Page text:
When Taruskin mentions Zhdanov and the Nazis he does not imply that Boulez was a Nazi or a Stalinist: he suggests that the impulse behind the utterance is the same, namely a dangerous, aggressive hostility toward his opposition, which impulse had already shown itself -- and continues to show itself -- destructive. And let's not kid ourselves that because Boulez "was in his 20's" ("just a kid"?? -- tell that to Alexander, Mendelssohn, Keats, quite a few great mathematicians and military heroes and villains!) his youthfulness is any excuse: at that age any number of men (men, mostly) can wreak quite a lot of damage and wield quite a bit of brute power, and historically always have, in gangs or as leaders. The destruction Boulez wrought was not physical but, as you yourself suggest, spiritual and psychological, in making it seem that anyone daring to work in any other medium was beyond the pale, excommunicated, excrement. Your vignette about Boulez and the older Stravinsky, which I had not heard, confirms in my mind that the man is, whatever other merits he may possess, a brute. Boulez -- mid-20th-century Frenchman, as you remind us -- was prey, as so many avant-gardistes were, to a continued utopian mindset, which brought us the horrors of nazism, communism, Maoism, Stalinism, and continues to bring us its religious forms. I consider utopianism the very worst of all possible forms of intellectual failure, even if at its core it comes from a (yes, youthful) urge to create a better, ideal world. But this urge can be easily and quickly perverted by other urges (e.g., to power), has never succeeded, and flies in the face of history and everything we know about human nature. True Utopian, of course, Boulez and his ilk cannot tolerate diversion from their program -- to my mind a rather joyless one, intellectual asceticism to the nth.

(2)The following is part of composer Gordon Downie's response to the question "Is Modernism Still Modern?" as posed by conductor and blogger Kenneth Woods:

We should be in no doubt about the revolutionary nature of the high modernist programme, in terms of how it redefines creative activity, in terms of how it repositions power relations between cultural producers (or artists) and forms of management and power, and in how it redefines the function of aesthetic objects. Once initiated, within our current regressive cultural and political climate, simply sustaining and defending it from counter-revolutionary attacks is enough of a problem. I always notice a strong reluctance to discuss music or culture in these terms, but I make no apology for invoking political language to describe these processes. They are political processes and we can only understand their real dynamic if we view them in such terms.

...the conditions that require the kinds of processes associated with high modernism...haven’t changed. This being the case, neither should the response. It’s no coincidence that the rise of so-called aesthetic postmodernism and associated tendencies over the last 20 years or so is coterminous with neo-con triumphalism and the re-assertion of various forms of neo-liberalist ideologies that have celebrated “the end of history.”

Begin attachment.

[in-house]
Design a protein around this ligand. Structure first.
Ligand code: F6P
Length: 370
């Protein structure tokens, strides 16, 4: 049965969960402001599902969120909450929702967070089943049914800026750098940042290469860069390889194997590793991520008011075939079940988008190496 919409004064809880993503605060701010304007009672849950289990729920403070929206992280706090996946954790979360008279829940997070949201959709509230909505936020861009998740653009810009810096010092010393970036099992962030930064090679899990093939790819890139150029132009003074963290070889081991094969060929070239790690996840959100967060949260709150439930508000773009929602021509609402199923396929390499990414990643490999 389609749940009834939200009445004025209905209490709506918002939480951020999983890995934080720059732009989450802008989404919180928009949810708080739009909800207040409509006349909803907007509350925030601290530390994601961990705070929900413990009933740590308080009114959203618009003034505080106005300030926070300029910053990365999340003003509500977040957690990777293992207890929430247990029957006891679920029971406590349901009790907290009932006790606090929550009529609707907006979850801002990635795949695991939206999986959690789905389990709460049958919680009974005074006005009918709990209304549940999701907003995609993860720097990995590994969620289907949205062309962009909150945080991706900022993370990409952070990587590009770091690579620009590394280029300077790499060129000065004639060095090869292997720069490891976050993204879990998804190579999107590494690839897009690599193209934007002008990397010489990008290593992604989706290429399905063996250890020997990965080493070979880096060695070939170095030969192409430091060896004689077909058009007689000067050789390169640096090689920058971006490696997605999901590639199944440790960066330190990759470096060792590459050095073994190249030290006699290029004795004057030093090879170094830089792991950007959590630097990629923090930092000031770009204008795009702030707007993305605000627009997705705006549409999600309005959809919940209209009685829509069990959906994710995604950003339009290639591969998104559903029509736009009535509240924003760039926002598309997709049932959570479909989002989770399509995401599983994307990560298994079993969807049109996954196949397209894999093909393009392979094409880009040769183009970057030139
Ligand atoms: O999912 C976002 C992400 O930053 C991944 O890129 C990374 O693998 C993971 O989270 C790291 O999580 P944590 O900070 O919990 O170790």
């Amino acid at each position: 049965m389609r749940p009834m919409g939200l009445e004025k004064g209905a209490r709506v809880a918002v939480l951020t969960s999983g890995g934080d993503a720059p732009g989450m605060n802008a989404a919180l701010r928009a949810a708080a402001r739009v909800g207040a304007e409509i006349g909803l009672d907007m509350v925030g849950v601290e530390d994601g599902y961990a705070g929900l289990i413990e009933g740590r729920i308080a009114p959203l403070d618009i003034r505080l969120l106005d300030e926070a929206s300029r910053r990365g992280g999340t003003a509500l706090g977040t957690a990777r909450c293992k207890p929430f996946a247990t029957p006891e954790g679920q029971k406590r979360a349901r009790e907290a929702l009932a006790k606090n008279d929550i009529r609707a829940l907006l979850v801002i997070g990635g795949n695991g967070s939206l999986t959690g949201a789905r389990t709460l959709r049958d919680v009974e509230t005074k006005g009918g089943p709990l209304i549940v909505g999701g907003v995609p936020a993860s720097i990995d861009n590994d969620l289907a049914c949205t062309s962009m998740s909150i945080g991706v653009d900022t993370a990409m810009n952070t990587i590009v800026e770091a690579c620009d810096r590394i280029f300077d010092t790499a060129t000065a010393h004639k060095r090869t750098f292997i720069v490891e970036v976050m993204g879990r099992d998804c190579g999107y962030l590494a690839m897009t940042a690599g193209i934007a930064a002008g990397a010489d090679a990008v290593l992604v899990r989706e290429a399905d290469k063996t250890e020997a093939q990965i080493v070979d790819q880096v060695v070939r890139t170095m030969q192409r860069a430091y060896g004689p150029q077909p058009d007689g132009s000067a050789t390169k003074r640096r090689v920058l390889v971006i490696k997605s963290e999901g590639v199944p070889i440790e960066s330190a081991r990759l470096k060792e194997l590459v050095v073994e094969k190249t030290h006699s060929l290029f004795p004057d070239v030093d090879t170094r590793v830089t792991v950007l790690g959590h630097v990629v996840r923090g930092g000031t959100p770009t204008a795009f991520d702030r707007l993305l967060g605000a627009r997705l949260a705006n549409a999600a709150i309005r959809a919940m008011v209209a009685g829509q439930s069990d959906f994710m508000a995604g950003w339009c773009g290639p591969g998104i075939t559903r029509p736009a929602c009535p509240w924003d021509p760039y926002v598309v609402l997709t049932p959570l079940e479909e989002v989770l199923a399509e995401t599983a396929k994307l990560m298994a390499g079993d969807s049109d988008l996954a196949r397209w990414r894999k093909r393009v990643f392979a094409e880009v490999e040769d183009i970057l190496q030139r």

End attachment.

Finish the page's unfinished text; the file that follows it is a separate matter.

Internal failure has its source in the abandonment, deviation from, or selective adoption of, those principles that define the modernist programme at its most authentic and astringent, and thus at its most effective and, for me, most interesting. Deviationism and eclecticism, having their routes in reformist and coalition politics, are essentially opportunistic, and weaken the aims of the programme as a whole. And as aesthetic modernism is merely the cultural expression of a wider socio-political process, having its origins in projects of enlightenment and associated historical programmes of cultural maturation and advancement, its appropriation for individual acts of opportunism has implications that go beyond mere art making and cultural production. Such action becomes an aesthetic-behavioural correlation of that hyper-individualism that characterises market society as a whole. A large body of critical scaffolding has now been erected around these two forms of opportunism that legitimate such actions by giving them a purely aesthetic, and thus non-political, interpretation. These frequently take the form of a purely subject-centred, coarse biographical reductionism.

But in any artistic revolution, there is frequently a counter-revolution, in which elements representative of the former make various forms of opportunistic accommodation with the rear-garde. This has given rise to the formation of a legal modernism that, though retaining features of the original, is more or less a simulation of it, with a more palatable user- and marketing-friendly complexion. In such conditions, although various forms of neo-conservatism might constitute the immediate and most obvious opposition to modernist aspirations, the greater threat can be sourced in those tendencies that have occupied, distorted, and colonised its territory.

So, peanut gallery, who are the fascists after all? Is it the "anti-humanist" "anti-social" "utopian" composers, or is it the "eclectic" "post-modern" "opportunistic" composers? I think I know the answer, but I want to know what you think...